INDIANAPOLIS — Republican Senate candidates around the country, from Wisconsin to Florida, are bracing for Donald Trump to lose their states, and they're looking for ways to win in spite of him.
In Indiana, GOP Senate nominee Todd Young is facing a completely different, but arguably even more frustrating challenge.
His opponent, former Democratic Sen. Evan Bayh, shocked Young and pretty much everyone else when he got into the race less than two months ago at the urging of Senate Democratic leaders. Bayh announced he'd changed his mind after retiring from Congress in a well-publicized burst of frustration six years ago, and wanted his old job back.
Since then, Bayh has barely talked about Trump, who's expected to win Indiana. But then Bayh barely talks about Young either, or really much about politics at all.
Instead Bayh, a youthful 60, is trying to cruise to victory on the strength of his own popularity from his years as Indiana's governor in the 1990s, and his family's long history in the state, where his father, Birch Bayh, also was a senator.
Evan Bayh avoids much contact with the media and instead pops up around the state almost unannounced to regale appreciative voters with anecdotes. About the time as a kid when Harry Truman walked him to the bathroom. About the white socks his father wore with a suit. About his 20-year-old twin sons' enormous appetites. About how he went to the new Jason Bourne movie ("which I'm not sure I'd advise"), only to be given, to his dismay, a senior ticket.
He started the campaign with a massive lead in fundraising and polls, and his strategy is plainly to run out the clock on the election before either advantage disappears.
The strategy exasperates Republicans, who have reams of opposition research about Bayh, much of it focused on the fact that he spent the past six years of his life living in multimillion-dollar residences not in Indiana. But the GOP may not have enough time to turn voters' views before the Nov. 8 election.
"He's running a campaign based on his dad's name, which is pretty sad," said Young, 44, a hard-working third-term congressman and former Marine who's not well-known outside his southern Indiana district. "Evan Bayh represents the old way of politics, the old way of doing things, and this is a change election. And I represent change."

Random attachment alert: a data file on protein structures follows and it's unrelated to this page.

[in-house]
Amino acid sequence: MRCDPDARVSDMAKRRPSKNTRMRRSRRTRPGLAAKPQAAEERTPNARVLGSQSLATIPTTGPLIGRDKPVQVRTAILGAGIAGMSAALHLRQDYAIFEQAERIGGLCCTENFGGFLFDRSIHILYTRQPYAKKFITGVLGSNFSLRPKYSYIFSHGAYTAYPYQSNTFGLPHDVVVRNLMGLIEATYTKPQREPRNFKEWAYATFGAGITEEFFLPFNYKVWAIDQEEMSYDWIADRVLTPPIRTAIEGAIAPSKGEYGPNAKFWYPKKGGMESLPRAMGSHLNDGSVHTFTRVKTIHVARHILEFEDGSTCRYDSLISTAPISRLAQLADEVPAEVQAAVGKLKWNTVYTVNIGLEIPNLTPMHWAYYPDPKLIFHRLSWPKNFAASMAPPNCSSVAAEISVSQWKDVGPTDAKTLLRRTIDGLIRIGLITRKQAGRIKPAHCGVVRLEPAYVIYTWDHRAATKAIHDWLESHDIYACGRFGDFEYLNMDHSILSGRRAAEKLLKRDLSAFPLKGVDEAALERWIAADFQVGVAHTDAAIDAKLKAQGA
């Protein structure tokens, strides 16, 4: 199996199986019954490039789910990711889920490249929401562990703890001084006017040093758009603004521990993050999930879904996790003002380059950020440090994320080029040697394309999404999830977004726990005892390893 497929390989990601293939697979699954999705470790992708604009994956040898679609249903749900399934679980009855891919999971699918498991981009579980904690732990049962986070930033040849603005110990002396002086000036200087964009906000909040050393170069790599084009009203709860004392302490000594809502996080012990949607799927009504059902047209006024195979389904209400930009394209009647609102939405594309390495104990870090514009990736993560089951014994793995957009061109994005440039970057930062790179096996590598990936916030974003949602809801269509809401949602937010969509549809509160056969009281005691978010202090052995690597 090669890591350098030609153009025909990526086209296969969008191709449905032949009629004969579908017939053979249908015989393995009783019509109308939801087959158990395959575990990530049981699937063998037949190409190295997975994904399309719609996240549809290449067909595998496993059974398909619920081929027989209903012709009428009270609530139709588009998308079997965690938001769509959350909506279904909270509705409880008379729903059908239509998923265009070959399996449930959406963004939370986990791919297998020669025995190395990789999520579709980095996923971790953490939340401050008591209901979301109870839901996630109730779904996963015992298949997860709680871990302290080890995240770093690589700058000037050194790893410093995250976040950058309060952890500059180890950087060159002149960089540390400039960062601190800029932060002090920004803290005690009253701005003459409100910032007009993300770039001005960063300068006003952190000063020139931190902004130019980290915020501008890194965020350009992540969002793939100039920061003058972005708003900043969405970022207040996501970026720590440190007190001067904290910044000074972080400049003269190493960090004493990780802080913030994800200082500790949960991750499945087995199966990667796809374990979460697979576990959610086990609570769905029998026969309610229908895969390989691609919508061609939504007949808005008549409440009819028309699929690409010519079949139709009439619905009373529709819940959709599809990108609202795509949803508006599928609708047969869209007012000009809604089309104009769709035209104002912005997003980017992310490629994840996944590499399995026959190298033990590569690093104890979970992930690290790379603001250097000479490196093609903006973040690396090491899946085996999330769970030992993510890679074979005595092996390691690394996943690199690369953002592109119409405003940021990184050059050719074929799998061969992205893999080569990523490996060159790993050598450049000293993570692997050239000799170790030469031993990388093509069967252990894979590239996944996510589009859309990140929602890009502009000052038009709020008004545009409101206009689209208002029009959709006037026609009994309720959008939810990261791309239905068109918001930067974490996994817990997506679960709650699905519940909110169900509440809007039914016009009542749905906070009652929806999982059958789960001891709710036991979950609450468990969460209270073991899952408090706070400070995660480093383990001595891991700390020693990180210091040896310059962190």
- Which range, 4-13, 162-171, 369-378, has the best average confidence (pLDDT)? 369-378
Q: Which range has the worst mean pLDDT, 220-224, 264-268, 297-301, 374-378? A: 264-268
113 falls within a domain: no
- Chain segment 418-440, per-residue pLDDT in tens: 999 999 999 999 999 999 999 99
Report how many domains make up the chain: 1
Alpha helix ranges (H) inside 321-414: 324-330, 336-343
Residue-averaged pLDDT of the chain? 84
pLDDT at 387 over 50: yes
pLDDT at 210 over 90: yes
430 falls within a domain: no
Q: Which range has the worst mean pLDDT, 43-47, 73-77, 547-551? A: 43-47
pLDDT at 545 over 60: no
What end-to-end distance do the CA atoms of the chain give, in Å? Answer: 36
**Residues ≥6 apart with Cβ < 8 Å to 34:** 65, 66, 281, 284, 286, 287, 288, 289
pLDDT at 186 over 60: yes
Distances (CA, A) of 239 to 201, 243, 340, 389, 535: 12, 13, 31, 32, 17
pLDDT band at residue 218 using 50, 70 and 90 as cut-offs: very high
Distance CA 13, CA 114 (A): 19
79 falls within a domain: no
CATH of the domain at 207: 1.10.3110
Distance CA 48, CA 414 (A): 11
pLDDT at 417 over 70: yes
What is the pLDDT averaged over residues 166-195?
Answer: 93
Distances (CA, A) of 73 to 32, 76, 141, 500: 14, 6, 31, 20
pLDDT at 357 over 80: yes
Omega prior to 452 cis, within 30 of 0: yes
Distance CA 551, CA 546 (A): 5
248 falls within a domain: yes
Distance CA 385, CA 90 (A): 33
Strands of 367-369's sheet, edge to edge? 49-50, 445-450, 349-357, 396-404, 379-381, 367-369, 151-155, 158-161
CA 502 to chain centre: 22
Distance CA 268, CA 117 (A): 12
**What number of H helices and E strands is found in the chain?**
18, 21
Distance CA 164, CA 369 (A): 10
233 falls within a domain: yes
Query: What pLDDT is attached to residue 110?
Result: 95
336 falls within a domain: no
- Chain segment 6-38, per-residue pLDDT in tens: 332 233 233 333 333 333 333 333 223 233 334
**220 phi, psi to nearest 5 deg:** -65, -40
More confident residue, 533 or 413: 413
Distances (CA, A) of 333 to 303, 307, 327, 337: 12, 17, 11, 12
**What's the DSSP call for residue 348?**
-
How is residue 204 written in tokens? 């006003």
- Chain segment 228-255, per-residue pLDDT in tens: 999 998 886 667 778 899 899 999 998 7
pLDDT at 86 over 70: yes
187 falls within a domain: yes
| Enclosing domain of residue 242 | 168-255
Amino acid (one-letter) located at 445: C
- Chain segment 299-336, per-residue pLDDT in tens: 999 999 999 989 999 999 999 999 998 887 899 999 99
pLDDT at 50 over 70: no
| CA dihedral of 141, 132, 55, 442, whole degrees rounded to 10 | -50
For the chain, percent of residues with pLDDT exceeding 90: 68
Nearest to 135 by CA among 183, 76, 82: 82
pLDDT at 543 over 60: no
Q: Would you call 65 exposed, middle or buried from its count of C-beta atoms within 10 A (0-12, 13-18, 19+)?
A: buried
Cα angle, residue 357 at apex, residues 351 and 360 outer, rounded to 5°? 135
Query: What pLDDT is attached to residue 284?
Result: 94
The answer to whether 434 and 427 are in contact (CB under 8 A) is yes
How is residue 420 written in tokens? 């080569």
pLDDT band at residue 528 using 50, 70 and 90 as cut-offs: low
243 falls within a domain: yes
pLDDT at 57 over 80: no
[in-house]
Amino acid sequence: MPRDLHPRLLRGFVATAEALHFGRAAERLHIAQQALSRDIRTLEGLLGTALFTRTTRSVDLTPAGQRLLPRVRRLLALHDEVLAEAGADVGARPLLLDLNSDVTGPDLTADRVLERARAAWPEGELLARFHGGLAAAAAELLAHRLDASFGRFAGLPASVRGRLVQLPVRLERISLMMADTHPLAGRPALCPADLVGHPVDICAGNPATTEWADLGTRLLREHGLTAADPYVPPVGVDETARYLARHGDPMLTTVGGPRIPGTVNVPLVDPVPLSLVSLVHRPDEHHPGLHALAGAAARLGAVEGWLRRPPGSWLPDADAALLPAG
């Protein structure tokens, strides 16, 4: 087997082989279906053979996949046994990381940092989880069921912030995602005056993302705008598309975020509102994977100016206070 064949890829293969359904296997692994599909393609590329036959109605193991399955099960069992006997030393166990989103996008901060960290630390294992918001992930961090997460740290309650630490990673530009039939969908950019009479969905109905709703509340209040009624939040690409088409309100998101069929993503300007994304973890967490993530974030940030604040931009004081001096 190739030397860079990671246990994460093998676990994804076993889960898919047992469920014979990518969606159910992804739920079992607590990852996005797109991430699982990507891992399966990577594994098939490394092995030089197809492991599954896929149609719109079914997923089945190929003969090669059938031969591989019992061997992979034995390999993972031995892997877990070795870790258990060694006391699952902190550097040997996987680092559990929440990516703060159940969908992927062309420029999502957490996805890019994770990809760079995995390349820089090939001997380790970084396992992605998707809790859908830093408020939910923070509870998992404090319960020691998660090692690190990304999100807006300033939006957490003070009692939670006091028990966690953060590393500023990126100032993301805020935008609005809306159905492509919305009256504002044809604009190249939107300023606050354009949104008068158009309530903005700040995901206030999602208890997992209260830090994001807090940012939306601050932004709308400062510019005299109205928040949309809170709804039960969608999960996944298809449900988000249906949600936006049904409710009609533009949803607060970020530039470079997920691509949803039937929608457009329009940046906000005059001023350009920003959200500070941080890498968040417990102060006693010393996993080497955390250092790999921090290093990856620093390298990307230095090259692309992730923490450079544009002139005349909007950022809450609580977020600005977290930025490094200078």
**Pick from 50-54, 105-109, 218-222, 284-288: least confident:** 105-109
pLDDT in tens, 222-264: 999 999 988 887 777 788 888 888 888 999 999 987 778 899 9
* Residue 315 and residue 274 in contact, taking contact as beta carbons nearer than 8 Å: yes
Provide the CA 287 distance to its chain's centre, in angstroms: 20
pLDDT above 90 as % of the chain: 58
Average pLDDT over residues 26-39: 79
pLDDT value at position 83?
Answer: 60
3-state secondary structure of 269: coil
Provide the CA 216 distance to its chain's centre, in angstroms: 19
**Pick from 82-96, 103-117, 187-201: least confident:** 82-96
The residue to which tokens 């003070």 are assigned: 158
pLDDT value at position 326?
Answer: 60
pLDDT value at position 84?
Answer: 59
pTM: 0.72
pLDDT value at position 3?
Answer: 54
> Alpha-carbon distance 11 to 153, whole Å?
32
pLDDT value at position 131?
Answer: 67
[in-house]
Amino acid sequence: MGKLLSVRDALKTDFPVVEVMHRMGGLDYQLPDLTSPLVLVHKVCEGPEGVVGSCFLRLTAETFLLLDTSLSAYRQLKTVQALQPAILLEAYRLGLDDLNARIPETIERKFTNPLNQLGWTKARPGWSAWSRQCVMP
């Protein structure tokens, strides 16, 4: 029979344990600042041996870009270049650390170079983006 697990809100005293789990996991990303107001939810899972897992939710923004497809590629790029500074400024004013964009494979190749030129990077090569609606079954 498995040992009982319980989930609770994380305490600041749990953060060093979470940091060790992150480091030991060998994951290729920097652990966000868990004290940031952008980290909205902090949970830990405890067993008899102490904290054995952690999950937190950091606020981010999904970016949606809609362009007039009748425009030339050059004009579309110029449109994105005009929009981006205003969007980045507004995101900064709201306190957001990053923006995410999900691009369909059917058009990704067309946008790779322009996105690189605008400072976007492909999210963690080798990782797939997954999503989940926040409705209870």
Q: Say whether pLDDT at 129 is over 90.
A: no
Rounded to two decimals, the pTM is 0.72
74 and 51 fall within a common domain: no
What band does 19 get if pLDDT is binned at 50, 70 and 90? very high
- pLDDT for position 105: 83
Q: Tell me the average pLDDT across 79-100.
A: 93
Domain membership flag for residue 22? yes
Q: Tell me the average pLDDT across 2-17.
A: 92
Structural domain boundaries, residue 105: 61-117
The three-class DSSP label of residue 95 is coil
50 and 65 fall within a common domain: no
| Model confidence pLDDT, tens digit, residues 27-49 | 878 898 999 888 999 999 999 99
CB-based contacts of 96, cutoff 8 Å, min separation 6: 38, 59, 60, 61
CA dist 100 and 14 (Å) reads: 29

Young was the easy
Bayh acknowledges the campaigning seems rougher than before, but insists he doesn't regret getting back in.
"It's a lot nastier than I remember," Bayh said recently outside an Indianapolis senior
"I'm doing this because I want to make a difference to the people of my state," Bayh said. "If I've got to put up with some of the nasty politics, well, then so be it."
Putting Indiana in their likely win column was a major coup for Democrats in this year's costly fight for Senate control. Republicans command a slim 54-46 majority, and Democrats need to pick up four seats to take back power if they hang onto the White House. The electoral map greatly
The Wisconsin race also features a former senator trying to make a comeback, although Democrat Russ Feingold lost to the man he is now trying to replace, GOP Sen. Ron Johnson.
Intense struggles are underway in Nevada, where Minority Leader Harry Reid's retirement gave Republicans their one pickup opportunity, and in New Hampshire, Pennsylvania and Florida, where incumbent GOP Sen. Marco Rubio is seen as having an edge over Democratic Rep. Patrick Murphy.
Democratic hopes have faded in Ohio, where Sen. Rob Portman has run a strong campaign against former Democratic Gov. Ted Strickland. But Democrats are holding out hope for North Carolina, Missouri and Arizona, where GOP Sen. John McCain is seeking a sixth term.
Republicans acknowledge that in many of these states the outcome will depend on how Trump performs. If he manages to win or loses to Hillary Clinton only narrowly, Republicans could limit their losses or even potentially hang onto their majority. But if Trump ends up losing big, the marginal states could all fall to Democrats.
In many states, Republicans are working diligently to find Clinton voters who will also vote for a Republican for Senate.
In Indiana, by contrast, Young is trying to tie Bayh to Clinton, who is quite unpopular. Bayh says Clinton has "always been trustworthy in my dealings with her," and there's little evidence Young's strategy has worked so far in a state where Trump supporters who also plan to back Bayh are not hard to find.
"I'm voting for Trump. ... Usually I vote straight Republican," Sherrie Elliott, 56, an Indianapolis paralegal, said on a recent afternoon in Monument Circle downtown. But she's also considering casting her ballot for Bayh. "He always seemed nice and honest when he was our governor."
This story has been corrected to reflect that Birch Bayh was a senator, not a governor and a senator. With BC-US--Senate 2016-Glance.